Archive for the ‘Naval Operations’ Category

Missile Defenses in the Middle East

February 1, 2010

Administration and military officials have announced that the US is deploying additional missile defense systems in the Middle East/Persian Gulf.  The deployments include Patriot missile batteries in Qatar, United Arab Emirates, Kuwait and Bahrain (similar batteries have long been stationed in Israel and Saudi Arabia), as well as Aegis cruisers armed with missile interceptors that are positioned in the Persian Gulf.  The moves are intended to counter the threat posed by Iran’s short -range and medium-range missiles; Western leaders fear that the Islamic Republic is developing nuclear warheads (Iranian leaders deny that they seek to acquire the Bomb) that could be launched by the aforementioned delivery vehicles against other countries in the region or America’s military forces. 

The US wants to prevent Iran, which is viewed as a hostile nation, from joining the nuclear club.  The administration has tried to resolve the crisis through diplomacy and threats of economic sanctions if the Iranian regime does not agree to take steps that would make it difficult for its scientists to enrich uranium to weapons-grade levels.  In December of last year, Tehran accepted a deal to ship its unprocessed uranium abroad but backed out before it was finalized.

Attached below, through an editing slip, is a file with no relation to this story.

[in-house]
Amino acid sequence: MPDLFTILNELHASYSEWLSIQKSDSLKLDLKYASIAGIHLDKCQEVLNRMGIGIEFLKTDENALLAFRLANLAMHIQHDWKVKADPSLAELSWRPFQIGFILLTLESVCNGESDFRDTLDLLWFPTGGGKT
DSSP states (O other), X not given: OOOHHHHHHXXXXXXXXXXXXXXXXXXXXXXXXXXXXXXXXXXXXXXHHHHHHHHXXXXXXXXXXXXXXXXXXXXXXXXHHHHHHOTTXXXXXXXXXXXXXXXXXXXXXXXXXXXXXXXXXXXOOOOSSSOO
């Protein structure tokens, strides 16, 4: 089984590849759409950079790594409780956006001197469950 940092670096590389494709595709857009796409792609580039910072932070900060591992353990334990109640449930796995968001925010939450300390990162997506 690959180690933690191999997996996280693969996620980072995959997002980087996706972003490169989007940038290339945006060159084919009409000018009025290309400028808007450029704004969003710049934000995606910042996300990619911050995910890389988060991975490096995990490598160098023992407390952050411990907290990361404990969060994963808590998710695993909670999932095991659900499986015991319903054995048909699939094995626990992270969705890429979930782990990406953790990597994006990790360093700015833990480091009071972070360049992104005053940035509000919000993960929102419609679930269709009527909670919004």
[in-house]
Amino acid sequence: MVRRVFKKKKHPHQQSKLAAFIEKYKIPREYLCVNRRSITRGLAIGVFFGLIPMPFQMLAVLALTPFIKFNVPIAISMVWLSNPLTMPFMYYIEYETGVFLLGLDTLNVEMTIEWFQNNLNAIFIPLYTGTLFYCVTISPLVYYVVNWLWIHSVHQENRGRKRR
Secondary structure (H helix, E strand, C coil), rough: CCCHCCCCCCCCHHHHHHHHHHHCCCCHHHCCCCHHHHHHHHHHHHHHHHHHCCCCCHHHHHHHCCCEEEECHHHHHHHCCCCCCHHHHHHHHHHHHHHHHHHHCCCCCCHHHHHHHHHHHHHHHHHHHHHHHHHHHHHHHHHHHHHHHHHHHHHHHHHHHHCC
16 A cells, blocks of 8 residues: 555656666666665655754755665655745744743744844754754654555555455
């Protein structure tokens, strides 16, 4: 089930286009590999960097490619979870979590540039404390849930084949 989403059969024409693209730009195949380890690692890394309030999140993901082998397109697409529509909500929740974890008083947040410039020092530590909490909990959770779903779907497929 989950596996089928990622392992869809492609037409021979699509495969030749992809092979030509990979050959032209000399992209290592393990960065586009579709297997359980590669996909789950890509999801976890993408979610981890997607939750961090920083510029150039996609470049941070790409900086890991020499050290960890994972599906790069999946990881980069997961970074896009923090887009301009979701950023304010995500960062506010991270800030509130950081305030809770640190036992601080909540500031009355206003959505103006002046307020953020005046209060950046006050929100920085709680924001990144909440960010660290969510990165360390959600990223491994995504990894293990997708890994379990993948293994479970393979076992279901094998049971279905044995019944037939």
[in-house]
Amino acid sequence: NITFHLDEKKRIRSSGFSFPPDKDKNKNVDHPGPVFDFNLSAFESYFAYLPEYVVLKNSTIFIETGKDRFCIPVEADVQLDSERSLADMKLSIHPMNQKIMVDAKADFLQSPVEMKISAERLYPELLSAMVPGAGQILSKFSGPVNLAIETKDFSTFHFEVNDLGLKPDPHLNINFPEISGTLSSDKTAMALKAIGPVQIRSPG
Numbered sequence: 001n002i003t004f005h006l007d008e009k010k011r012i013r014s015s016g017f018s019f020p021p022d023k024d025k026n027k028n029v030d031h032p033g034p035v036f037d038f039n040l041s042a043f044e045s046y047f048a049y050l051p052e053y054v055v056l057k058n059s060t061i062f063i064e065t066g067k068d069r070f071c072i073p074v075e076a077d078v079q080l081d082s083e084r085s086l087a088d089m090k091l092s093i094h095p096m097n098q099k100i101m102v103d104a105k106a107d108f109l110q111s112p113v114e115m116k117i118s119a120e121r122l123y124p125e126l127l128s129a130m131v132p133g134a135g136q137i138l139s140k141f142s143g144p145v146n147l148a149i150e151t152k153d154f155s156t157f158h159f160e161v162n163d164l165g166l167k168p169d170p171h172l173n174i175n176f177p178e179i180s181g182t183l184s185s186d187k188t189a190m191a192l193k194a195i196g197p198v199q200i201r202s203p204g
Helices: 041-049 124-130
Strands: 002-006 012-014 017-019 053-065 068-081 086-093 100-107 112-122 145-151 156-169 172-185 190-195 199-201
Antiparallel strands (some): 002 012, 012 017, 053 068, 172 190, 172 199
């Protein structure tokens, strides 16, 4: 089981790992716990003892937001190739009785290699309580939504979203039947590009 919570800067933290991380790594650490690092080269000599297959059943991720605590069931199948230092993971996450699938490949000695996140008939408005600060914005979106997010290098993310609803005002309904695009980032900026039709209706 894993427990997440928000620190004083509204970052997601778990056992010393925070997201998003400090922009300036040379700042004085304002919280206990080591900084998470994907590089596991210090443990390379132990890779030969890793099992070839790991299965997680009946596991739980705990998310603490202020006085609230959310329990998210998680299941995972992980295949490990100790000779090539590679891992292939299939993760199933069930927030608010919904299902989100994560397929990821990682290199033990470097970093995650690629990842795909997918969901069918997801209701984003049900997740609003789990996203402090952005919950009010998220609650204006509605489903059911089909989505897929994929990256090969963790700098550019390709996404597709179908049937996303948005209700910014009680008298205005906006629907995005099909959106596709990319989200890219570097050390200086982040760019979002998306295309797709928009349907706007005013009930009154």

According to administration officials, the US is deploying the missile defense systems for the following reasons:

1. To reassure its Arab allies and dissuade them from building their own nuclear arsenals for deterrence purposes.

2. To deter Iran from developing the Bomb or using it against American interests in the region.

3. To persuade Israel not to launch a preemptive military strike against Iranian nuclear sites.